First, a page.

After the devotees who had gathered for the birthday celebrations had left the Ashram, one morning I approached Maharshi with my problem: "How am I to rise up from my present animal existence? My own efforts in this direction have proved futile and I am convinced that it is only a superior might that could transform me. And that is what has brought me here." Maharshi replied with great compassion, "Yes, you are right. It is only with the awakening of a power mightier than the senses and the mind that they are subdued. If you awaken and nurture the growth of that power within you, everything else will be conquered. One should keep on the current of meditation uninterrupted. Moderation in food and other restraints will be helpful in maintaining the inner poise."
It was this grace of Maharshi that gave a start to my spiritual career. A new faith was kindled within me and I had found in the Maharshi a strength and support to guide me forever.
Another day, questioned about the problem of brahmacharya, Maharshi spoke thus: "To live and move in Brahman is the real brahmacharya. Continence, of course, is very helpful to achieve that end. But so long as you identify yourself with the body you can never escape sex-thought and distinction. It is only when you realize that you are the formless, Pure Consciousness that sex-distinction disappears for good and there is brahmacharya — effortless, spontaneous."
Four months after I came to Arunachalam, my parents came there to have darsan of Maharshi and take me back home. Though they did not succeed in their latter intention, they were somehow consoled by the Maharshi before they returned. My father is a cousin of the Maharshi, older than him, and as such knew him very intimately as a boy before he left home for Tiruvannamalai. Though he had heard from others about the Maharshi and read carefully Sri Ramana Gita, he came there with an open mind to see for himself what the Maharshi was. But the moment he saw him he was so overpowered by a sense of veneration that he prostrated before him with emotion and observed, "There is nothing here of the Venkataraman I knew, nothing to identify him."
Maharshi gracefully smiled and remarked, "Oh! It is long since he disappeared," indicating the complete transformation he had undergone. My father then told the Maharshi that he had not come to him so long, as he had not achieved dispassion for the world. "How could a man," he said, "who has no spirit of renunciation in him be benefited by the company of the sage?" The Maharshi, from his usual and normal high level, replied, "Oh! Then you seem to be obsessed by the delusion that you are going to achieve vairagya (nonattachment) in some distant future. If you just discern your real nature, the Self, with what is it attached? Dispassion is one's very nature."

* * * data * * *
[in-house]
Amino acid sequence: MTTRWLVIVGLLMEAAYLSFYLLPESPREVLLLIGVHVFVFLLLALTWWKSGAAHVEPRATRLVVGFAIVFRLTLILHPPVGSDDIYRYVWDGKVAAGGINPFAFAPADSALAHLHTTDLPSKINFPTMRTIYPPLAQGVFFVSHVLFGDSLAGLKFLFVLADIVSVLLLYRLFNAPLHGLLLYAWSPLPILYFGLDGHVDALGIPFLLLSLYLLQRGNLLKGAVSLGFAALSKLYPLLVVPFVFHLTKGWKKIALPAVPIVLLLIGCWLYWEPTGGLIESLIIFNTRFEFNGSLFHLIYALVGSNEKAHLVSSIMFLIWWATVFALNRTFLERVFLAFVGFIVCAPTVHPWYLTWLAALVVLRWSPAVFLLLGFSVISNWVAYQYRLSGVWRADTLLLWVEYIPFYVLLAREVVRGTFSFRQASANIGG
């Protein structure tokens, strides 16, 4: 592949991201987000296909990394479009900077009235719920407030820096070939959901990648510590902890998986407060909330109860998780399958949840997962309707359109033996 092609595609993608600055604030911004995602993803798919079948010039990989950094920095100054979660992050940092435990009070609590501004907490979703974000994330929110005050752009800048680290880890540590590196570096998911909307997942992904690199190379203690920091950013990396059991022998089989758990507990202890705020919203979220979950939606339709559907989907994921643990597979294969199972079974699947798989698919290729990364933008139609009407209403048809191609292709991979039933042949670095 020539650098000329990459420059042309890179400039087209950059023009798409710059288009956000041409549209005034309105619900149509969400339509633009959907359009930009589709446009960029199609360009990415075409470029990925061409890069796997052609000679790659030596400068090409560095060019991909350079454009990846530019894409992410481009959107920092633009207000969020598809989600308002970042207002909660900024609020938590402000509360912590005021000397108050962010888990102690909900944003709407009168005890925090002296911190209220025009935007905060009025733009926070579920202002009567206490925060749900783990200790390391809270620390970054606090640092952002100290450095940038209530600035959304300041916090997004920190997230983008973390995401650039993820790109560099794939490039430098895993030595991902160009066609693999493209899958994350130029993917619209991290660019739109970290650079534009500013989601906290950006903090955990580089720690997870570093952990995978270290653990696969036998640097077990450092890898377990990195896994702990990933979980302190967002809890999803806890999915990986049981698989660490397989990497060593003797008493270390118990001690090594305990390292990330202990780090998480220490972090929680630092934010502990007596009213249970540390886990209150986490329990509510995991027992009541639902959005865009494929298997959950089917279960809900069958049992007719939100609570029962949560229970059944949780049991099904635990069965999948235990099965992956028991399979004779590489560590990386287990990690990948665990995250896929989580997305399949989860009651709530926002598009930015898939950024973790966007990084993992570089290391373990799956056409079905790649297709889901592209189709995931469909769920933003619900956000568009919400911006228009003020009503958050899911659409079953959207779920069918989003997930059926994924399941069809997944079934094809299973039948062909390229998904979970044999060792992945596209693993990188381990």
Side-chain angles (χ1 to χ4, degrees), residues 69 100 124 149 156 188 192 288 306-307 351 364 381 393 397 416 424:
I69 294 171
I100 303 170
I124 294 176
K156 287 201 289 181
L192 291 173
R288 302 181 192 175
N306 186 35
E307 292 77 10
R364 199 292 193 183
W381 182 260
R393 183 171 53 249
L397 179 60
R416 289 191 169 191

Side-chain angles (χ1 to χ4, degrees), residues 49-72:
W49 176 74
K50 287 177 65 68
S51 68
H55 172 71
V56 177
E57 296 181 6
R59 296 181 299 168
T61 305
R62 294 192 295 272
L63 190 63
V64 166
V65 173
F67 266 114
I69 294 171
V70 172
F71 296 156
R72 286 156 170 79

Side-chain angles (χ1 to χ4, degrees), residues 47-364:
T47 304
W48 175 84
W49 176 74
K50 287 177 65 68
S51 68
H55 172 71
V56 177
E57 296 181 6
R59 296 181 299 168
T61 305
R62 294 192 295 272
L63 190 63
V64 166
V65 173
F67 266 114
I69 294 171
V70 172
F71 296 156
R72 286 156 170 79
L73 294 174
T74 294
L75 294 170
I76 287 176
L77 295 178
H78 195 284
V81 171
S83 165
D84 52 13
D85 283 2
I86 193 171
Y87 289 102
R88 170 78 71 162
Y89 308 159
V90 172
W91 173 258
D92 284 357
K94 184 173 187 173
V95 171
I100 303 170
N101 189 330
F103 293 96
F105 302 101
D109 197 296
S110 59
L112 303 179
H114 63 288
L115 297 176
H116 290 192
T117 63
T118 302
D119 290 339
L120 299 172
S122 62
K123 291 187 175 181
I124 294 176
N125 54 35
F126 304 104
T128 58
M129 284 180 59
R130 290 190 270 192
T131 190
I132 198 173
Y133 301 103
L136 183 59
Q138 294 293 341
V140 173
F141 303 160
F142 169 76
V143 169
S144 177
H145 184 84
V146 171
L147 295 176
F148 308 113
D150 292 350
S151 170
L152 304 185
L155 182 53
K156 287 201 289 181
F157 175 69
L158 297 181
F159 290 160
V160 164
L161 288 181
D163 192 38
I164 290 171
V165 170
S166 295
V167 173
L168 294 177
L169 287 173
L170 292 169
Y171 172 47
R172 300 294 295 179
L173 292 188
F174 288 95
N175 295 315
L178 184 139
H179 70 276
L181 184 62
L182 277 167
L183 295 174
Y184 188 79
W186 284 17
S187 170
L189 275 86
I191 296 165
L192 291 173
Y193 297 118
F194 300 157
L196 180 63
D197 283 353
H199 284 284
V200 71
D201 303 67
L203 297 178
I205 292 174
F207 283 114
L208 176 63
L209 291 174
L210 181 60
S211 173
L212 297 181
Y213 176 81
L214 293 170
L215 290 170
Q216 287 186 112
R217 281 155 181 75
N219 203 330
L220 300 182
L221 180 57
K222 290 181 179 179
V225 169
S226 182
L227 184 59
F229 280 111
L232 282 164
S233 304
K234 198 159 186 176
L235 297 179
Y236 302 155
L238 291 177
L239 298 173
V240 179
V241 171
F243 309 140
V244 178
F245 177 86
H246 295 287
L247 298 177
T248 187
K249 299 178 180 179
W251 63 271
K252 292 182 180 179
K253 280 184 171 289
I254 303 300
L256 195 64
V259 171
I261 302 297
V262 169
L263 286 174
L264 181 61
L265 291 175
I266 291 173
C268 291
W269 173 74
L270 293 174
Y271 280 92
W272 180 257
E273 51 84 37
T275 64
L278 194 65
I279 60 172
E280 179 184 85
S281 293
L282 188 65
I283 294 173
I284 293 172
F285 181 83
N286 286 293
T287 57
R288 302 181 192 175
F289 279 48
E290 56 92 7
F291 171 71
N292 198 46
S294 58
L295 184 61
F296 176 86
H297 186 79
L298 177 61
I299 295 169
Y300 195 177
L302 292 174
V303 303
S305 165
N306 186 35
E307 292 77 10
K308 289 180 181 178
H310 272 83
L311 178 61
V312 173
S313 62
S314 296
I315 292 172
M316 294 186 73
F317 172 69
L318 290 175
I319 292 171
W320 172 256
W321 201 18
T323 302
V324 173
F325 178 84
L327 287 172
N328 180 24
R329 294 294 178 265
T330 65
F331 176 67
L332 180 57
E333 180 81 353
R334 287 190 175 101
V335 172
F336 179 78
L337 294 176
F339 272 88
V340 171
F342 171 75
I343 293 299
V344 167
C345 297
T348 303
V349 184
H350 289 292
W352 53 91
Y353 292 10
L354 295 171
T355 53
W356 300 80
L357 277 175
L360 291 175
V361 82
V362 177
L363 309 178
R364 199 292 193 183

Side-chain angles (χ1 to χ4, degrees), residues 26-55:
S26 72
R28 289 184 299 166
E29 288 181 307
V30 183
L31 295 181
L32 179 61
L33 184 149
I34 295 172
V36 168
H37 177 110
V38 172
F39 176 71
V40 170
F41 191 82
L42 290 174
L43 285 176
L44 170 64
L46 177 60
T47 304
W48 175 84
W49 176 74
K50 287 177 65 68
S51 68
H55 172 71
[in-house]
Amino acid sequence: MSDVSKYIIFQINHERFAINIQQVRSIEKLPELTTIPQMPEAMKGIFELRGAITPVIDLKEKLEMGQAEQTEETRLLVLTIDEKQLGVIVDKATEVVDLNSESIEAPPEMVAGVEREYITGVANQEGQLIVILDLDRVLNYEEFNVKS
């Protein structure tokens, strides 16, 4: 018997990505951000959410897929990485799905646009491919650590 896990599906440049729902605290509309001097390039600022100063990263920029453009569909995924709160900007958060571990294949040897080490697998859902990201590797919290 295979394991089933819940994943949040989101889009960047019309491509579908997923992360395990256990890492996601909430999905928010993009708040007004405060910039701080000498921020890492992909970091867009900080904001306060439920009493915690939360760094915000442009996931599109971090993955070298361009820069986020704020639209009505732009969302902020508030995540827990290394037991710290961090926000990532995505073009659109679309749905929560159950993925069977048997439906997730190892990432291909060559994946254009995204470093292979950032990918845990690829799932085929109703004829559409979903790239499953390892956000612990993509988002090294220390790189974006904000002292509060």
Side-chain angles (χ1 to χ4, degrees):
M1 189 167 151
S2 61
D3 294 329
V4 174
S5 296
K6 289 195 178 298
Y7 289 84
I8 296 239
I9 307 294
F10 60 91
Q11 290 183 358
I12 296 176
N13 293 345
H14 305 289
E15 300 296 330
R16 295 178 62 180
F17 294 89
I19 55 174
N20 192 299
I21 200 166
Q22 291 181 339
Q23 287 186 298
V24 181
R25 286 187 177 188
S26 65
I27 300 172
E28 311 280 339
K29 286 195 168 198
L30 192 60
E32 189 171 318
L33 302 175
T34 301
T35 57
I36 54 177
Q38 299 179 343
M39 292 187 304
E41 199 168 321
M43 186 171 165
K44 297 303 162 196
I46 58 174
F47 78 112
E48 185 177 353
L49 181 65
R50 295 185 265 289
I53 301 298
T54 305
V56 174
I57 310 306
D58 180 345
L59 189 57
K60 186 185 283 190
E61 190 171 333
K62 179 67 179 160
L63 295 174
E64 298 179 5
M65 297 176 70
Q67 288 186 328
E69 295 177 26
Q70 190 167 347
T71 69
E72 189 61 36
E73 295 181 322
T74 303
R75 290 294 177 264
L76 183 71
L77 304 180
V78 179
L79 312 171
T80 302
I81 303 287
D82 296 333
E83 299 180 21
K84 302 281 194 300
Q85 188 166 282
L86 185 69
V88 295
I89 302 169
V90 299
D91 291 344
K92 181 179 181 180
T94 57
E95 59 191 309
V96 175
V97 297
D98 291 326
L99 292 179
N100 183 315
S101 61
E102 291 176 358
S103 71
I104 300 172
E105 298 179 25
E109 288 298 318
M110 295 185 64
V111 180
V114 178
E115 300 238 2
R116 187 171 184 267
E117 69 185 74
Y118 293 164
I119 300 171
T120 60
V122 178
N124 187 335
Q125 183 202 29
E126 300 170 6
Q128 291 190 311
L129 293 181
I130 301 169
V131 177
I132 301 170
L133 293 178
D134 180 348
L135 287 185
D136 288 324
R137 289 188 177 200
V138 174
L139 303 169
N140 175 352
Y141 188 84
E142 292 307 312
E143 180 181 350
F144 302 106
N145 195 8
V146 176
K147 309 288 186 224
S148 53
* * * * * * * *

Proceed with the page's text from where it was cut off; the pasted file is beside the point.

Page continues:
One day someone told the Maharshi about a devotee who claimed to be Ramana himself and said that honoring him was honoring Ramana. Maharshi replied with a smile, "There is nothing wrong about it; it is all right. But if somebody else claims the same status for himself, this man should not deny it, because every one is Ramana, all is Ramana." We all enjoyed that straight and humorous remark of Maharshi.
As the reconstruction of the Ashram cottage was then going on, Maharshi often remained with his devotees and visitors in the big stone mantap, situated on the other side of the road. Maharshi used to dine with all in the shade of a huge mango tree in front of his mother's samadhi. There was cool water kept in big pots at the foot of the tree during these hot summer days. All of us enjoyed the cool shade, the cool water, and the grace of the Maharshi, which like a cool breeze removed the heat of man's torments.
Forty Verses in Praise of Sri Ramana
bhāga - good fortune,
dheyam - giving,
asamānam - unequalled,
aneka - many,
mauni - saints,
vāsa - dwelling,
arjitam - earned, accquired,
kśiti - mountain,
bhṛtaḥ - borne, acquired,
khalu - indeed, verily,
angiicakāra - chose,
bhagavān - Bhagavan,
ramano - Ramana,
maharṣir - Maharshi,
anyeṣu - among others,
satsu - good, holy,
yad - because, since,
imam - this,
bahuṣu - among many,
sthaleṣu - places
nitāntar - extraordinary,
adhikā - surpassing, superior,
paramā - chief, highest,
asya - of him,
śaktir - power,
vairāgyam - dispassion, renunciation,
adbhutatamaṁ - most extraordinary,
karuṇā - compassion,
tu - used as exclamation,
sāndrā - strong, intense,
nirasta - banished,
kuhanaṁ - hypocrisy,
madhuraṁ - sweet, pleasant,
ca - and,
vṛttaṁ - conduct,
nṛṇāṁ - for, of men, mankind,
nidarśanam - pointed to, indicated,
ayaṁ - this,
ramaṇo - Ramana,
maharṣiḥ - Maharshi
catvārimshanmitaih padyaih skandāmsham stutavānrshim ||
ganapatir - Ganapati,
vāsishhtho - Vasishta,
ramanam gurum - Guru Ramana
catvārimshan - forty,
mitaih - by measured,
skanda - Skanda,
āmsham - incarnation,
stutavān - praised,
rshhim - Rishi
– Om Tat Sat –
1. These 40 verses are also available in Devanagari, english transliteration and
Sanskrit with word by word translation on sanskritdocuments.org
The Omniscient Ramana
I HAD the great fortune to have daily 'darshan' of Bhagavan during the last few years of His mortal life, for I studied in Tiruvannamalai. My father, the late Dr. M. R. Krishnamurthy, had on an impulse relinquished his medical practice to be of service to him.
My mother, Subbulakshmi Ammal, was equally devoted to the Bhagavan. She used to prepare snacks and take them to Ramanasramam as an offering to the sage and for distribution among the devotees present in the meditation hall. After school hours, I used to visit the Ashram in the company of my parents. During the last few months of Bhagavan's life when he was seriously ill, my father stayed on for night duty and I was sometimes his silent companion.